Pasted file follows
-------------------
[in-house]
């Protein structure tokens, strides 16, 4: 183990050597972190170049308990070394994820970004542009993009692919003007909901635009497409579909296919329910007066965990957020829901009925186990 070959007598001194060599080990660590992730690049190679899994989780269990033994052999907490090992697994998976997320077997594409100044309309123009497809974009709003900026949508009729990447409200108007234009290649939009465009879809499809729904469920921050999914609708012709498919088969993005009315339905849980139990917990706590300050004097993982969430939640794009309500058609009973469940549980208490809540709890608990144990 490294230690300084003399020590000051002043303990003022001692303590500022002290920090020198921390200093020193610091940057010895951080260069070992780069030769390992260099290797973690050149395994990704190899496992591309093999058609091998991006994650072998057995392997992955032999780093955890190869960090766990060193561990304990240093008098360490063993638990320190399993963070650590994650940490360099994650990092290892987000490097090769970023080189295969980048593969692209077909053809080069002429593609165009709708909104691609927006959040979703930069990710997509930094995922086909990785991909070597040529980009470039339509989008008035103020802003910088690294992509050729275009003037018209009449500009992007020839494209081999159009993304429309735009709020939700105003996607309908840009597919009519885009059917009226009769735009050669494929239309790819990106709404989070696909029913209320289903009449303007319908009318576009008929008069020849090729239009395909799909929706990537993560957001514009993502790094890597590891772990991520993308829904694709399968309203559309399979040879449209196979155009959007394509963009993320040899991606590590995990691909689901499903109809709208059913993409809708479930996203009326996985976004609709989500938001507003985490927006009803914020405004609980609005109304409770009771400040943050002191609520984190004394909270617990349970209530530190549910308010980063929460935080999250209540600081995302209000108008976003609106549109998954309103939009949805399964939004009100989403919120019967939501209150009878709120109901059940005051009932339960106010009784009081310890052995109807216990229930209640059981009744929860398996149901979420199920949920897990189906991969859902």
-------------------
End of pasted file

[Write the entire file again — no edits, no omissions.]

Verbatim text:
[in-house]
């Protein structure tokens, strides 16, 4: 183990050597972190170049308990070394994820970004542009993009692919003007909901635009497409579909296919329910007066965990957020829901009925186990 070959007598001194060599080990660590992730690049190679899994989780269990033994052999907490090992697994998976997320077997594409100044309309123009497809974009709003900026949508009729990447409200108007234009290649939009465009879809499809729904469920921050999914609708012709498919088969993005009315339905849980139990917990706590300050004097993982969430939640794009309500058609009973469940549980208490809540709890608990144990 490294230690300084003399020590000051002043303990003022001692303590500022002290920090020198921390200093020193610091940057010895951080260069070992780069030769390992260099290797973690050149395994990704190899496992591309093999058609091998991006994650072998057995392997992955032999780093955890190869960090766990060193561990304990240093008098360490063993638990320190399993963070650590994650940490360099994650990092290892987000490097090769970023080189295969980048593969692209077909053809080069002429593609165009709708909104691609927006959040979703930069990710997509930094995922086909990785991909070597040529980009470039339509989008008035103020802003910088690294992509050729275009003037018209009449500009992007020839494209081999159009993304429309735009709020939700105003996607309908840009597919009519885009059917009226009769735009050669494929239309790819990106709404989070696909029913209320289903009449303007319908009318576009008929008069020849090729239009395909799909929706990537993560957001514009993502790094890597590891772990991520993308829904694709399968309203559309399979040879449209196979155009959007394509963009993320040899991606590590995990691909689901499903109809709208059913993409809708479930996203009326996985976004609709989500938001507003985490927006009803914020405004609980609005109304409770009771400040943050002191609520984190004394909270617990349970209530530190549910308010980063929460935080999250209540600081995302209000108008976003609106549109998954309103939009949805399964939004009100989403919120019967939501209150009878709120109901059940005051009932339960106010009784009081310890052995109807216990229930209640059981009744929860398996149901979420199920949920897990189906991969859902």